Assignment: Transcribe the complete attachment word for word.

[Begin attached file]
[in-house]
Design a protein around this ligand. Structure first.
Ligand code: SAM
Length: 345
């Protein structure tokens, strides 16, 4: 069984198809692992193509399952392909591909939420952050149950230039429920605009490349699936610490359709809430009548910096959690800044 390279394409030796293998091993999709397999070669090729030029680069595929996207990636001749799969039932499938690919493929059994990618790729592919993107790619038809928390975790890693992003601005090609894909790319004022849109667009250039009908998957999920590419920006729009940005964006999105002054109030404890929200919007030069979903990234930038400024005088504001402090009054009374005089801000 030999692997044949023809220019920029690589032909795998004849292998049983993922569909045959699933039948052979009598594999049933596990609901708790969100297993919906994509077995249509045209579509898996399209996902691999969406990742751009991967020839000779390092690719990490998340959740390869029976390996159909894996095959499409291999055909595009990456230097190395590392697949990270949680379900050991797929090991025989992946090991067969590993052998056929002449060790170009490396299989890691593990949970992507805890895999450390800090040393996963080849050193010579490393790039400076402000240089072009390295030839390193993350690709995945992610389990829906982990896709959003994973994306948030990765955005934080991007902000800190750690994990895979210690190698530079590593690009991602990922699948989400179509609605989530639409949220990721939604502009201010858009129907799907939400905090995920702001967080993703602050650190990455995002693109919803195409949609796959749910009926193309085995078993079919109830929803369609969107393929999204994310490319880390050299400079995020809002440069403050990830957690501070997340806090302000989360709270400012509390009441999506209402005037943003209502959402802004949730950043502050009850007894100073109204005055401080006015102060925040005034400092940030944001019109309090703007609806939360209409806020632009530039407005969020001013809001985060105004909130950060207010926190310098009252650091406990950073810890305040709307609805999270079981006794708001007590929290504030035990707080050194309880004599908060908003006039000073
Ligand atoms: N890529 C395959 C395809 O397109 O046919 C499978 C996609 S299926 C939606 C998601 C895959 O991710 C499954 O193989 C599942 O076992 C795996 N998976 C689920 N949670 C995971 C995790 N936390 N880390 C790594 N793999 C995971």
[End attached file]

[in-house]
Design a protein around this ligand. Structure first.
Ligand code: SAM
Length: 345
């Protein structure tokens, strides 16, 4: 069984198809692992193509399952392909591909939420952050149950230039429920605009490349699936610490359709809430009548910096959690800044 390279394409030796293998091993999709397999070669090729030029680069595929996207990636001749799969039932499938690919493929059994990618790729592919993107790619038809928390975790890693992003601005090609894909790319004022849109667009250039009908998957999920590419920006729009940005964006999105002054109030404890929200919007030069979903990234930038400024005088504001402090009054009374005089801000 030999692997044949023809220019920029690589032909795998004849292998049983993922569909045959699933039948052979009598594999049933596990609901708790969100297993919906994509077995249509045209579509898996399209996902691999969406990742751009991967020839000779390092690719990490998340959740390869029976390996159909894996095959499409291999055909595009990456230097190395590392697949990270949680379900050991797929090991025989992946090991067969590993052998056929002449060790170009490396299989890691593990949970992507805890895999450390800090040393996963080849050193010579490393790039400076402000240089072009390295030839390193993350690709995945992610389990829906982990896709959003994973994306948030990765955005934080991007902000800190750690994990895979210690190698530079590593690009991602990922699948989400179509609605989530639409949220990721939604502009201010858009129907799907939400905090995920702001967080993703602050650190990455995002693109919803195409949609796959749910009926193309085995078993079919109830929803369609969107393929999204994310490319880390050299400079995020809002440069403050990830957690501070997340806090302000989360709270400012509390009441999506209402005037943003209502959402802004949730950043502050009850007894100073109204005055401080006015102060925040005034400092940030944001019109309090703007609806939360209409806020632009530039407005969020001013809001985060105004909130950060207010926190310098009252650091406990950073810890305040709307609805999270079981006794708001007590929290504030035990707080050194309880004599908060908003006039000073
Ligand atoms: N890529 C395959 C395809 O397109 O046919 C499978 C996609 S299926 C939606 C998601 C895959 O991710 C499954 O193989 C599942 O076992 C795996 N998976 C689920 N949670 C995971 C995790 N936390 N880390 C790594 N793999 C995971």